Retrospective: Homeworld

It's full of stars.

There are games that we love to play and then there are games that we love to... well, just love. Above all others Homeworld has established a place in my heart that will likely only ever be relinquished should its achievements become the norm rather than the rare exception in gaming.

Released in 1999, it tells the story of the people of Kharak, an isolated planet at the far edges of the galaxy. Upon the discovery of a relic buried deep underground, they come to learn that they are in fact exiles on their planet. For over 60 years, the population unites and devotes itself to building a starship capable of carrying them home. You enter the game as this Mothership prepares to make its maiden test flight.

You could write an entire article about the further intricacies of Homeworld's story alone - unlikely alliances, the voyage of self-discovery - but it would only tell half the story of the game's success, and for those who haven't yet experienced it, the journey is one that should remain Relic's prerogative to tell.

What propels Homeworld into the stratosphere though is the meticulous design, polish and deployment of everything else to enhance that storytelling. It's greater than the sum of its parts, and these combined efforts set the game apart not only from its genre contemporaries but gaming as a whole.

Take your units. Returning from your first hyperspace test-jump to discover you've unknowingly breached an ancient treaty banning your people from interstellar travel, units are transformed into real, emotionally vulnerable people. We've become so accustomed and even numbed to cigar-chomping marines vowing to kick whatever clichéd ass might be called for that the brief and plaintive commentaries from your Homeworld units under fire become almost heartbreaking.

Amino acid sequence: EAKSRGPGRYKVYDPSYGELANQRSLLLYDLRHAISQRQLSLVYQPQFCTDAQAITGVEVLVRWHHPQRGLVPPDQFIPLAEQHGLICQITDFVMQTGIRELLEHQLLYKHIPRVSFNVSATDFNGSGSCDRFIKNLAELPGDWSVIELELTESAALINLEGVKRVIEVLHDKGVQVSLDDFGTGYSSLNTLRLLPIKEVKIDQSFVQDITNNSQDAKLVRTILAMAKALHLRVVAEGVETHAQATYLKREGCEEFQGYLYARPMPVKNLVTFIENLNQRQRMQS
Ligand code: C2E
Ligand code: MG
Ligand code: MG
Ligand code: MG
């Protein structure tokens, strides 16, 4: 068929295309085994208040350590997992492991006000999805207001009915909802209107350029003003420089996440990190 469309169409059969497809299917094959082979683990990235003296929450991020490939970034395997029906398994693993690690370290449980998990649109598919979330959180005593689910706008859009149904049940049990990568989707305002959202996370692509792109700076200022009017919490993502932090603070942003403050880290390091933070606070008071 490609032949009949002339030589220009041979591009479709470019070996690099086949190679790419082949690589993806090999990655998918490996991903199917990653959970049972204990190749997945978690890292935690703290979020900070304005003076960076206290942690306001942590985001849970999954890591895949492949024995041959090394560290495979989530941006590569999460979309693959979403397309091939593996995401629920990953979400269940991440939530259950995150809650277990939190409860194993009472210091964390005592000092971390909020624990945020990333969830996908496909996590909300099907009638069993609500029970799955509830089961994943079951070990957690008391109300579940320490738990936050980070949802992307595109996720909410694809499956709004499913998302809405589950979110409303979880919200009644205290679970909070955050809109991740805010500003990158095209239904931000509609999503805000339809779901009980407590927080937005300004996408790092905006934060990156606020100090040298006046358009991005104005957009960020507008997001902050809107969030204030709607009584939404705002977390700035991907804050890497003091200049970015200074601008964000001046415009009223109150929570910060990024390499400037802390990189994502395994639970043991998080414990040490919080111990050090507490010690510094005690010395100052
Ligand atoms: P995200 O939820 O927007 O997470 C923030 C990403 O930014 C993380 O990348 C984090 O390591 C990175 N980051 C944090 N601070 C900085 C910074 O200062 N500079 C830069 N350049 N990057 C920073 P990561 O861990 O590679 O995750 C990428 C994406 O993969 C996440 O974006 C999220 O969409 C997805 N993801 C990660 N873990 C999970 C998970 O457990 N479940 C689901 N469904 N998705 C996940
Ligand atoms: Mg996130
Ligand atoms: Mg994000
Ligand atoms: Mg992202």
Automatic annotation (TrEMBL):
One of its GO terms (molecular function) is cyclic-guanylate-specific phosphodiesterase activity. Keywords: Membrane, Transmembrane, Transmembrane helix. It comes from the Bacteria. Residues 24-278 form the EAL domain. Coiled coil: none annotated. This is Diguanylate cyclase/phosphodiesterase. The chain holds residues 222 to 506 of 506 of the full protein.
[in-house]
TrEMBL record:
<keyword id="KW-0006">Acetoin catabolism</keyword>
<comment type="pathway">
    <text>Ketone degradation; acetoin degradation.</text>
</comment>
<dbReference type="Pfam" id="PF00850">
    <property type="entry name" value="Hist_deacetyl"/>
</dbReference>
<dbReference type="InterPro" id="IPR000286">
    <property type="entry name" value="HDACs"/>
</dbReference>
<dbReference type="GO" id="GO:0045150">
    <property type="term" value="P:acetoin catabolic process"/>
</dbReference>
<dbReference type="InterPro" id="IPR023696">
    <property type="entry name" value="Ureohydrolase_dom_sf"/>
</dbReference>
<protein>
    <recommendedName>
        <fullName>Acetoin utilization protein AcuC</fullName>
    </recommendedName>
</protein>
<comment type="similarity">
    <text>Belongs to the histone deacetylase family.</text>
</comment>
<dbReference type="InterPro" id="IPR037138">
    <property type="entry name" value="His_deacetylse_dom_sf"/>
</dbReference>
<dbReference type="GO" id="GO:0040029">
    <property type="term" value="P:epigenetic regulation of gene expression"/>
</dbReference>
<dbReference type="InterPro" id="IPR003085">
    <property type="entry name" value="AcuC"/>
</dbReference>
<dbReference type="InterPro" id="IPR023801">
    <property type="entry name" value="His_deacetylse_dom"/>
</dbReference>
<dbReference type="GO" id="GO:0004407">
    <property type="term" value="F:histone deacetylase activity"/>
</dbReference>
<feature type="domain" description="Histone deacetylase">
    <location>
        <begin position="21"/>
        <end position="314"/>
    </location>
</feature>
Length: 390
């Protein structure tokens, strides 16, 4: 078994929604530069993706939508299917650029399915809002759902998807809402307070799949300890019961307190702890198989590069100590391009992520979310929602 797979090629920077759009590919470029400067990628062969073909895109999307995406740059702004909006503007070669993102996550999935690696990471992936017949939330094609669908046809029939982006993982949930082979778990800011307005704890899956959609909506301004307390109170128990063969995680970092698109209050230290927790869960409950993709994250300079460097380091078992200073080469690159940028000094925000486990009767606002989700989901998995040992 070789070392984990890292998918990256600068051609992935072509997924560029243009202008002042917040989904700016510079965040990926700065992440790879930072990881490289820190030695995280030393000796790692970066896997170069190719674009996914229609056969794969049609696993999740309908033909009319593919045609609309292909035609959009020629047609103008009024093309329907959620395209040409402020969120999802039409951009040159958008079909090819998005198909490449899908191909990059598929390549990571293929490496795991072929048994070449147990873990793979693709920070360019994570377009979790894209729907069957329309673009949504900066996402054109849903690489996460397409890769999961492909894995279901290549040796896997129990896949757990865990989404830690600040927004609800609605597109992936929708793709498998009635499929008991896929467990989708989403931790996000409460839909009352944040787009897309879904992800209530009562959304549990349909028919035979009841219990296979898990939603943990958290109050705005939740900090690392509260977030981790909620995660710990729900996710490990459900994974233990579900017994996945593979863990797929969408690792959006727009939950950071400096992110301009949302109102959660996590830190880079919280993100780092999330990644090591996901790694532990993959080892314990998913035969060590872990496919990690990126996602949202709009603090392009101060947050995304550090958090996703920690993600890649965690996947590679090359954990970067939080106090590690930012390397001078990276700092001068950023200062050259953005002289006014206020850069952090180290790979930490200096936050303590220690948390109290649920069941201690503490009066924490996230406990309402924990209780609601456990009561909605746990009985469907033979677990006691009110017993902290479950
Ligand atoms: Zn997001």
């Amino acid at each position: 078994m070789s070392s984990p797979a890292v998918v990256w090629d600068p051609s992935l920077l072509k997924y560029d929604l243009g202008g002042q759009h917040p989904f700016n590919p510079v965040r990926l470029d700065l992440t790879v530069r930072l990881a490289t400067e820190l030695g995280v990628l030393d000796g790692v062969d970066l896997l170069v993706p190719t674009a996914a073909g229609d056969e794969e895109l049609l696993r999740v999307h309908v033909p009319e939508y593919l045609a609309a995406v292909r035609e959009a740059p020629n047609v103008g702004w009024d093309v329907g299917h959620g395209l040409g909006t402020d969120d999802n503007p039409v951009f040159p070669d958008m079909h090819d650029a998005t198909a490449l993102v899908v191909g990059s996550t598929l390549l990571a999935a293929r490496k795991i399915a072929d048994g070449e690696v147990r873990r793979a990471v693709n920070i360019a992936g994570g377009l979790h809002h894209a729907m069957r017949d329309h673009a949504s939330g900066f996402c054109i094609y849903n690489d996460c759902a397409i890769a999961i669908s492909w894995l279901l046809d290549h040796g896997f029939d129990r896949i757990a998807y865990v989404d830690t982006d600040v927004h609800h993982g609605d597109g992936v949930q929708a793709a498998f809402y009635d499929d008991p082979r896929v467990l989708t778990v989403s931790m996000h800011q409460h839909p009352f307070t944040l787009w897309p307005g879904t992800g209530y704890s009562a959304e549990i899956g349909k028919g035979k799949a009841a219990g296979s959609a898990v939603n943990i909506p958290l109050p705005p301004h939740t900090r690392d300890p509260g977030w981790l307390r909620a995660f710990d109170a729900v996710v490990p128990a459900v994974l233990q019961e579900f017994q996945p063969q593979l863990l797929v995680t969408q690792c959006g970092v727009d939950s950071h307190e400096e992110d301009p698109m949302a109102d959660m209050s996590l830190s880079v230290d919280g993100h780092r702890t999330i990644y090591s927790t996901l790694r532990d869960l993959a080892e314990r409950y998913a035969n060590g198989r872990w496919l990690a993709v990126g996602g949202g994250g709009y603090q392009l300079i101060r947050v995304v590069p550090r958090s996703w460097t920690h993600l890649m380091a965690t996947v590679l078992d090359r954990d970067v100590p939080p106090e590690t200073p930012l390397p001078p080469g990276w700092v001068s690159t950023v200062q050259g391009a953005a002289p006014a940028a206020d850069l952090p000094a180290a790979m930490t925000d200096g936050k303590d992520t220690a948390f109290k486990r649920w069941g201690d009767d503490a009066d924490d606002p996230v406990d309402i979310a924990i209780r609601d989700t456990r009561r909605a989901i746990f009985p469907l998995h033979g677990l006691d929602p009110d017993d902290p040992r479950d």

3

All wings report in.

With your planet destroyed in retribution, all that remains now above Kharak is the Mothership and half a dozen cryogenic chambers containing the remnants of your population. The game becomes a race against death to secure whatever chambers can be salvaged as they're picked off one by one, a hundred thousand lives at a time.

The original mission having collapsed, your military commanders now speak with cracked voices and hollow shock. The game becomes a journey not through a series of maps, meeting arbitrary objectives along the way, but towards survival itself.

Never mind that you can save and reload freely at any point should you find yourself overwhelmed or under-resourced. Such is your emotional investment in the struggle of these people that, when that first opportunity to begin the long road towards revenge presents itself, getting it right and delivering justice at the first attempt is an imperative rather than an option. Alert, upright and with nerves on fire, you gain the same thousand-yard stare that you sense in your pilots. This matters.

A great part of this skilfully directed emotional play is the music. Where 2001: A Space Odyssey relied on Also Sprach Zarathustra for its showpiece, a choral recording of Samuel Barber's Adagio for Strings is the overriding theme for Homeworld.

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